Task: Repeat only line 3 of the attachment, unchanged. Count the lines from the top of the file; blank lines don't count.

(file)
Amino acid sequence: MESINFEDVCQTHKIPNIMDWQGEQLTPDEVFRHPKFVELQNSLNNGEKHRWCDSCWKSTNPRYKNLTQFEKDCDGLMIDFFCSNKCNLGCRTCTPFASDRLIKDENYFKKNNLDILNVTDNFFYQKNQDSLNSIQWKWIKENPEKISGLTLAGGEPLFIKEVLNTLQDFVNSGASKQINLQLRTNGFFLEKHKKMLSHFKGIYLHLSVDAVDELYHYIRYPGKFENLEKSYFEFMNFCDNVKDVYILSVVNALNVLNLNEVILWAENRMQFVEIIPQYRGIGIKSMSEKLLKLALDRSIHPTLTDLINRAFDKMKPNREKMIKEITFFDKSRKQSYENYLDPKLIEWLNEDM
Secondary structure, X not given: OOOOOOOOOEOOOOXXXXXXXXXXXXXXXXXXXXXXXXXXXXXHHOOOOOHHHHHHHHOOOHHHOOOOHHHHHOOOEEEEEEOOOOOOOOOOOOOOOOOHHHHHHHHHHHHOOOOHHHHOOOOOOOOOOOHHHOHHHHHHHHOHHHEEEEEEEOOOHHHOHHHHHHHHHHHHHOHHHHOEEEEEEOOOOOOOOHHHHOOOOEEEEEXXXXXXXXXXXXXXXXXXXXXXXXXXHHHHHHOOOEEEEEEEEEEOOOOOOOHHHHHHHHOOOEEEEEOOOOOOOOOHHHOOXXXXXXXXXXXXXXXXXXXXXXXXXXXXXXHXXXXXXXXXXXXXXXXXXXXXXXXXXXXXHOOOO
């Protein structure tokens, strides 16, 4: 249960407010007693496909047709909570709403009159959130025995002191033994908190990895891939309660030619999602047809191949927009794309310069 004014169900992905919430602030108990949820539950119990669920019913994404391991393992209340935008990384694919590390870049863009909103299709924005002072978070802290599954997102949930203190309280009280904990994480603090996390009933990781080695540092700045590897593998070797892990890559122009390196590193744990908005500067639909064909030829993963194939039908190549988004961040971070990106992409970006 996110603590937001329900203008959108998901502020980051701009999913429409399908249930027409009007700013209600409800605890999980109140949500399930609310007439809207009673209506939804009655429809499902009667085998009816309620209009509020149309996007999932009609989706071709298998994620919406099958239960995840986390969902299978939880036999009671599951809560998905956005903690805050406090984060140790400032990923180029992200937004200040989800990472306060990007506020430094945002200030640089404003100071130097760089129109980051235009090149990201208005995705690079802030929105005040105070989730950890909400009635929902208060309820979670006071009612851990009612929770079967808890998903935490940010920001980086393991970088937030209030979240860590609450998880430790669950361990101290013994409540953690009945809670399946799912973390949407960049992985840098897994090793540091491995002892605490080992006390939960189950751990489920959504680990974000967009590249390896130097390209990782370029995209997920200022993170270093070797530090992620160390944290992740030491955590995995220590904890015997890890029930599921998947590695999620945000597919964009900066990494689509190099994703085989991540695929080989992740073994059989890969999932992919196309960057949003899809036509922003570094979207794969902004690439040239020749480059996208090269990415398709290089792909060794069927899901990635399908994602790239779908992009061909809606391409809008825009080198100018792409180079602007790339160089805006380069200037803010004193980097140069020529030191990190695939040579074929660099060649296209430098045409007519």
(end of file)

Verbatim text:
């Protein structure tokens, strides 16, 4: 249960407010007693496909047709909570709403009159959130025995002191033994908190990895891939309660030619999602047809191949927009794309310069 004014169900992905919430602030108990949820539950119990669920019913994404391991393992209340935008990384694919590390870049863009909103299709924005002072978070802290599954997102949930203190309280009280904990994480603090996390009933990781080695540092700045590897593998070797892990890559122009390196590193744990908005500067639909064909030829993963194939039908190549988004961040971070990106992409970006 996110603590937001329900203008959108998901502020980051701009999913429409399908249930027409009007700013209600409800605890999980109140949500399930609310007439809207009673209506939804009655429809499902009667085998009816309620209009509020149309996007999932009609989706071709298998994620919406099958239960995840986390969902299978939880036999009671599951809560998905956005903690805050406090984060140790400032990923180029992200937004200040989800990472306060990007506020430094945002200030640089404003100071130097760089129109980051235009090149990201208005995705690079802030929105005040105070989730950890909400009635929902208060309820979670006071009612851990009612929770079967808890998903935490940010920001980086393991970088937030209030979240860590609450998880430790669950361990101290013994409540953690009945809670399946799912973390949407960049992985840098897994090793540091491995002892605490080992006390939960189950751990489920959504680990974000967009590249390896130097390209990782370029995209997920200022993170270093070797530090992620160390944290992740030491955590995995220590904890015997890890029930599921998947590695999620945000597919964009900066990494689509190099994703085989991540695929080989992740073994059989890969999932992919196309960057949003899809036509922003570094979207794969902004690439040239020749480059996208090269990415398709290089792909060794069927899901990635399908994602790239779908992009061909809606391409809008825009080198100018792409180079602007790339160089805006380069200037803010004193980097140069020529030191990190695939040579074929660099060649296209430098045409007519």